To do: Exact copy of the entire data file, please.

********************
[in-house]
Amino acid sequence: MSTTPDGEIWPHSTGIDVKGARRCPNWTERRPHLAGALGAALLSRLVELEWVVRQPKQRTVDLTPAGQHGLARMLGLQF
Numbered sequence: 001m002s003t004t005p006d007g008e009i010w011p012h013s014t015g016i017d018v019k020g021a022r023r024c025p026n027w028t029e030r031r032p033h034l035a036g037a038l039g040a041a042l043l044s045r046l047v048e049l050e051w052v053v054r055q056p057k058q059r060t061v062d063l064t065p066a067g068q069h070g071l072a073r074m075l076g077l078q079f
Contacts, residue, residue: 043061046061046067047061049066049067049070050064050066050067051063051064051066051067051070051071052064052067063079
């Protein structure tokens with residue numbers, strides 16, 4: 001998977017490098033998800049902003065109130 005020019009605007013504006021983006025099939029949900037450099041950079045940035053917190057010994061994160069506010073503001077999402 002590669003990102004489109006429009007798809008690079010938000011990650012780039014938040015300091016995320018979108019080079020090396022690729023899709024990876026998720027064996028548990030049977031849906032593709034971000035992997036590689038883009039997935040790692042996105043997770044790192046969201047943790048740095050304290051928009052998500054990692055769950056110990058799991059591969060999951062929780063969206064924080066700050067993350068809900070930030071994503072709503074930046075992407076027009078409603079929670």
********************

[in-house]
Amino acid sequence: MSTTPDGEIWPHSTGIDVKGARRCPNWTERRPHLAGALGAALLSRLVELEWVVRQPKQRTVDLTPAGQHGLARMLGLQF
Numbered sequence: 001m002s003t004t005p006d007g008e009i010w011p012h013s014t015g016i017d018v019k020g021a022r023r024c025p026n027w028t029e030r031r032p033h034l035a036g037a038l039g040a041a042l043l044s045r046l047v048e049l050e051w052v053v054r055q056p057k058q059r060t061v062d063l064t065p066a067g068q069h070g071l072a073r074m075l076g077l078q079f
Contacts, residue, residue: 043061046061046067047061049066049067049070050064050066050067051063051064051066051067051070051071052064052067063079
């Protein structure tokens with residue numbers, strides 16, 4: 001998977017490098033998800049902003065109130 005020019009605007013504006021983006025099939029949900037450099041950079045940035053917190057010994061994160069506010073503001077999402 002590669003990102004489109006429009007798809008690079010938000011990650012780039014938040015300091016995320018979108019080079020090396022690729023899709024990876026998720027064996028548990030049977031849906032593709034971000035992997036590689038883009039997935040790692042996105043997770044790192046969201047943790048740095050304290051928009052998500054990692055769950056110990058799991059591969060999951062929780063969206064924080066700050067993350068809900070930030071994503072709503074930046075992407076027009078409603079929670």